Monday, September 17, 2007

Hemingway short stories — Part 3

Read Part 1, Part 2. Once again: these posts will contain SPOILERS. You have been warned. :)

“The Three-Day Blow”
Picking up in the aftermath of Nick’s breakup with Marjorie, he visits Bill (who makes a brief appearance at the conclusion of “The End of Something”) at his father’s homestead. They talk about the weather, literally, about baseball, about literature (with high praise for G.K. Chesterton, of all people). But when Bill brings up Marjorie, it’s clear that Nick really regrets the breakup. He “holds it in reserve” that he might get back together with her, but once they go outside, the gale blows all Nick’s worries and “feelings” out of his head (or heart). It’s a classic Hemingway situation where men aren’t supposed to have real feelings — or aren’t supposed to voice them, anyway. Are Nick’s regrets really gone, or will they be back as soon as the “three-day blow” is over? (The accompanying chapterlet is also set in the rain.)

“The Battler”
Nick is train-hopping across the country in this story, asserting a growing independence, it would seem. After getting thrown off a train, he meets Ad Francis, a famous (but now washed-up) prizefighter: the battler of the story’s title. Nick and Ad chat around a camp fire, and a little later, Nick meets Bugs, the “negro” who takes care of Ad, now that Ad can’t quite take care of himself. They met in jail, and Bugs took a liking to him. They eat a sort of “hobo feast” around the fire, after which Ad gets a bit riled up at Nick (earlier, Ad admits of himself that he’s gone a little crazy), and Bugs has to club him over the head with a blackjack to calm him down! He explains Ad’s situation: too many fights and a tragic, failed marriage to his “sister” (the story leaves ambiguous the question of whether it’s really his literal sister). Bugs is really a very kind caretaker, reminding me a little of Jim from The Adventures of Huckleberry Finn (and there the similiarity ends, as Ad is nothing like Huck).

“Chapter VI”
In this chapterlet, it seems to be revealed that these may all be Nick’s war reflections. At least, this one appears to be.

“A Very Short Story”
Short indeed! About the wishful, ephemeral connections made during war time and what follows in their wake after they’ve come apart.

“Chapter VII”
A nice ironic statement about the promises we make (to God, in this case) when face to face with our own mortality, and how we almost never make good on them when come through the experience alive.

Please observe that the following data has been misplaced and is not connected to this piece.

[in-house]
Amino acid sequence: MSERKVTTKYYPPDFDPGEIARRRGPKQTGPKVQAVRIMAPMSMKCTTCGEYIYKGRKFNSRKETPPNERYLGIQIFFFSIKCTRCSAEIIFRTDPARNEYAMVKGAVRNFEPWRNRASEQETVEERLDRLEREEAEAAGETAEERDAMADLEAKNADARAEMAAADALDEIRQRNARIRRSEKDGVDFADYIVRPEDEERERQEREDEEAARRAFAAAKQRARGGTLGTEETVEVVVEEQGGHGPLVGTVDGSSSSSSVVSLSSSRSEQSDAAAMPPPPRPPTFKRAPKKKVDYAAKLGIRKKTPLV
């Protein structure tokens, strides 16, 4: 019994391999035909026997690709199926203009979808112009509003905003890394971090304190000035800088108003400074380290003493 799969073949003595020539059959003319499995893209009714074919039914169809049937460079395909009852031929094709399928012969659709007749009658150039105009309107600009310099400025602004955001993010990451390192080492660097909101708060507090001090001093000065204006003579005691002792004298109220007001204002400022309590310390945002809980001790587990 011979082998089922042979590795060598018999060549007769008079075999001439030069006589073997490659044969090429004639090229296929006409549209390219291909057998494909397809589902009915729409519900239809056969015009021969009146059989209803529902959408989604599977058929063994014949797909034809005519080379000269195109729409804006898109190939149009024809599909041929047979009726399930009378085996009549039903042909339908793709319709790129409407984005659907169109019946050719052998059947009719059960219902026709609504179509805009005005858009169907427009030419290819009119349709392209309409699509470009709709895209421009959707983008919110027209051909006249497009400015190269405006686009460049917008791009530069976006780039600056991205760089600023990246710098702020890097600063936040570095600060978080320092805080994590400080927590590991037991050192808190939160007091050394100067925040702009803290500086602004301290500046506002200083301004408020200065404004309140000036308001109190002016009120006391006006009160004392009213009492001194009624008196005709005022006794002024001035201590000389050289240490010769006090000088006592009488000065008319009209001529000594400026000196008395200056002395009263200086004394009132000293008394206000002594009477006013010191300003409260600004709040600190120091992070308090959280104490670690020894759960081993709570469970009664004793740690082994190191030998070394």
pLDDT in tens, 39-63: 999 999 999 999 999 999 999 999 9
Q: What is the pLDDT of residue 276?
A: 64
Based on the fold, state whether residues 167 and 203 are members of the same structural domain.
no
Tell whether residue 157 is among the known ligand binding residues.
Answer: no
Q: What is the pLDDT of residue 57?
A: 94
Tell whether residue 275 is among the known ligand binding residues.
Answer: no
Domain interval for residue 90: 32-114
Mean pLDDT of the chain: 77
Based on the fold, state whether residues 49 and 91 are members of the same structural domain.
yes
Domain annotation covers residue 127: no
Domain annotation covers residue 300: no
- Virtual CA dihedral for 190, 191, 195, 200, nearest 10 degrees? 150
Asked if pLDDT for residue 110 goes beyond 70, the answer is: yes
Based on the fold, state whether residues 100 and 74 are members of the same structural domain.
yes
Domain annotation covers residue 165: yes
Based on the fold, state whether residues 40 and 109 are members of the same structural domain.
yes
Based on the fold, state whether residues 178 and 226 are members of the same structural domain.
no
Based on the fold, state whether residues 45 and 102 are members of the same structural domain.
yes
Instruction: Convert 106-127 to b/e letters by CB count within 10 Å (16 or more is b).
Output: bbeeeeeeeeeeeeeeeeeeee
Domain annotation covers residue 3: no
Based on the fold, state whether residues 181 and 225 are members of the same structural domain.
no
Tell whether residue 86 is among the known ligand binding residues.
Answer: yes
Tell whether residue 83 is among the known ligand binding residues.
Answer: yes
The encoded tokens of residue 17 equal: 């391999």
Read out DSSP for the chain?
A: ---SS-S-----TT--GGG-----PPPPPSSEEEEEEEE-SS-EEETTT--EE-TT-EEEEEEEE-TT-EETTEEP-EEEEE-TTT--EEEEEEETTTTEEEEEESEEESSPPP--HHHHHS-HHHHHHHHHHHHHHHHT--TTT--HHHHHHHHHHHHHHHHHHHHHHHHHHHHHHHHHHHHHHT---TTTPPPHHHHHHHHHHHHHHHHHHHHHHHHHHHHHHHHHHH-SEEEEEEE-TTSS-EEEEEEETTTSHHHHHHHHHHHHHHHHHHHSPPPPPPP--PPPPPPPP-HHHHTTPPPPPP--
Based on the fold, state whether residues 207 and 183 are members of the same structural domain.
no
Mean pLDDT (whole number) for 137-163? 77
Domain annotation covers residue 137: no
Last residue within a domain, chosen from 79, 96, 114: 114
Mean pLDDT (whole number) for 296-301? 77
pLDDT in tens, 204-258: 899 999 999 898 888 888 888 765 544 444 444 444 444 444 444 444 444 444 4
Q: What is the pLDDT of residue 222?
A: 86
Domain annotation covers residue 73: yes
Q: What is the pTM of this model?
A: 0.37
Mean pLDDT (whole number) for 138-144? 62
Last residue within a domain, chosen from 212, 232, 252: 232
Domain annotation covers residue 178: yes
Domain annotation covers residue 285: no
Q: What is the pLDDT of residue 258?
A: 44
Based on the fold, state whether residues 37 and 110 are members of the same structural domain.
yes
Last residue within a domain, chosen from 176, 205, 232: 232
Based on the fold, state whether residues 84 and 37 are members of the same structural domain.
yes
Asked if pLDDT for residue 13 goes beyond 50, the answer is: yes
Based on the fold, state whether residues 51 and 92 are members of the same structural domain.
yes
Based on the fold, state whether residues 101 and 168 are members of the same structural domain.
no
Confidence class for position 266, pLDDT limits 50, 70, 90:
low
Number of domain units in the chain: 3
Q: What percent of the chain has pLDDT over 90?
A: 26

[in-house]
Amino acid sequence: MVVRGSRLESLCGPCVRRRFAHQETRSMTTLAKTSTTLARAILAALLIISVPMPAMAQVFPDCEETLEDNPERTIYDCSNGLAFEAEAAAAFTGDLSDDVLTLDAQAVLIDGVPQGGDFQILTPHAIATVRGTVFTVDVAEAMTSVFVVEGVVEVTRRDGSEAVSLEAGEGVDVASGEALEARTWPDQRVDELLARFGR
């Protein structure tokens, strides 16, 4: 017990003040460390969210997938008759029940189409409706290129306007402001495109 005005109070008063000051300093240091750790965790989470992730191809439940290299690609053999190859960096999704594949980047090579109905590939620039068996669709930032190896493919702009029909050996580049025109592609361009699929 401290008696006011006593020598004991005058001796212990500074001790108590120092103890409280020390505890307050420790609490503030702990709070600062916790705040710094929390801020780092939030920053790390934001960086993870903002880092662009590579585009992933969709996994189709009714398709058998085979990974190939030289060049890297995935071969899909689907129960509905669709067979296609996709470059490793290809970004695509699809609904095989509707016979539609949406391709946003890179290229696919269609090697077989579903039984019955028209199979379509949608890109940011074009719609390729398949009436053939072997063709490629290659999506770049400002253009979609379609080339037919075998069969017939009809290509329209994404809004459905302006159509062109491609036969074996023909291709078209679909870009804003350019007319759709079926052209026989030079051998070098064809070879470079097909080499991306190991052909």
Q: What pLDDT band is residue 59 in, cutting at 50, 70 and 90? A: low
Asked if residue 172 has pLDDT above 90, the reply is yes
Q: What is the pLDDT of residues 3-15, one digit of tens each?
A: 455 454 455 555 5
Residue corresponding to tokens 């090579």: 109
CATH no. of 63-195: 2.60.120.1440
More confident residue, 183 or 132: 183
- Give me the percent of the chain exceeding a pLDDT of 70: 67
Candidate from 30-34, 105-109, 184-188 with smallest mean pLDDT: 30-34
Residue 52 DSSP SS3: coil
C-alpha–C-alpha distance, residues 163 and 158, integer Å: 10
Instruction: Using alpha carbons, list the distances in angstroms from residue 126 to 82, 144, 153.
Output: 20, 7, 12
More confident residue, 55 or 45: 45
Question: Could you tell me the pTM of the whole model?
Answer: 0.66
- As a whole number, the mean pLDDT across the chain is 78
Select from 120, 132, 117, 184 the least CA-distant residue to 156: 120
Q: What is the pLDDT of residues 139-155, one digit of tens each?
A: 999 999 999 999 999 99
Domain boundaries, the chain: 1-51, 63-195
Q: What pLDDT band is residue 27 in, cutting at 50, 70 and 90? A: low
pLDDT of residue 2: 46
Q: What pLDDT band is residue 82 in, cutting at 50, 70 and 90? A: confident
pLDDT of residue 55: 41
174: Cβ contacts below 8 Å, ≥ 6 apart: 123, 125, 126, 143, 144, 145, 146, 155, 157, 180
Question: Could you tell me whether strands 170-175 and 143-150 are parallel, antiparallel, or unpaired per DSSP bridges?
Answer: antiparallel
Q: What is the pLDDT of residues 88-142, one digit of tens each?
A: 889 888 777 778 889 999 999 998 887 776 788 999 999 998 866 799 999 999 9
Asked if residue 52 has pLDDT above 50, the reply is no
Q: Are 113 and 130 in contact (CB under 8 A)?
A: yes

“Solder’s Home”
A remarkable story. This one doesn’t revolve around Nick Adams. Rather, the protagonist is one Harold Krebs. The image of the photograph at the beginning — what a great detail, the kind that a successful short story can be built on! It shows just how impossible it is to capture a moment the way we feel it, and how likely we are to mythologize or romanticize it in our memory. And it prefigures how everything will be different when Krebs comes home from the war. The history books he reads about the war fascinate him, as if he weren’t there himself! As if he learned nothing first-hand — and he probably didn’t, because he was “badly, sickeningly frightened all the time.” His mother worries about what he’ll do with his life now that he’s come home — alive, at least, but not unchanged. She even convinces Kreb’s father to let him take out the car at night, hoping he might start to date, maybe resume a normal life. Kreb’s is emotionally regressing back toward a fumbling adolescence, aborted when he went to war. And now that he is back, he’s in the grips of an ennui so pervasive that he does nothing all day but watch the girls go by. Just watch them; he won’t ask one out. He just alternates between watching the girls go by and reading history books about the war. It’s very sad to see how emotionally devastated Krebs is. We want to hope he can recover, but we know that he probably won’t.

“Chapter VIII”
This is the first of the chapterlets that isn’t a picture of war. Rather, this one centers on an image of urban violence, crime, and racism. It’s still not completely clear (yet) what readers are to make of these interludes.

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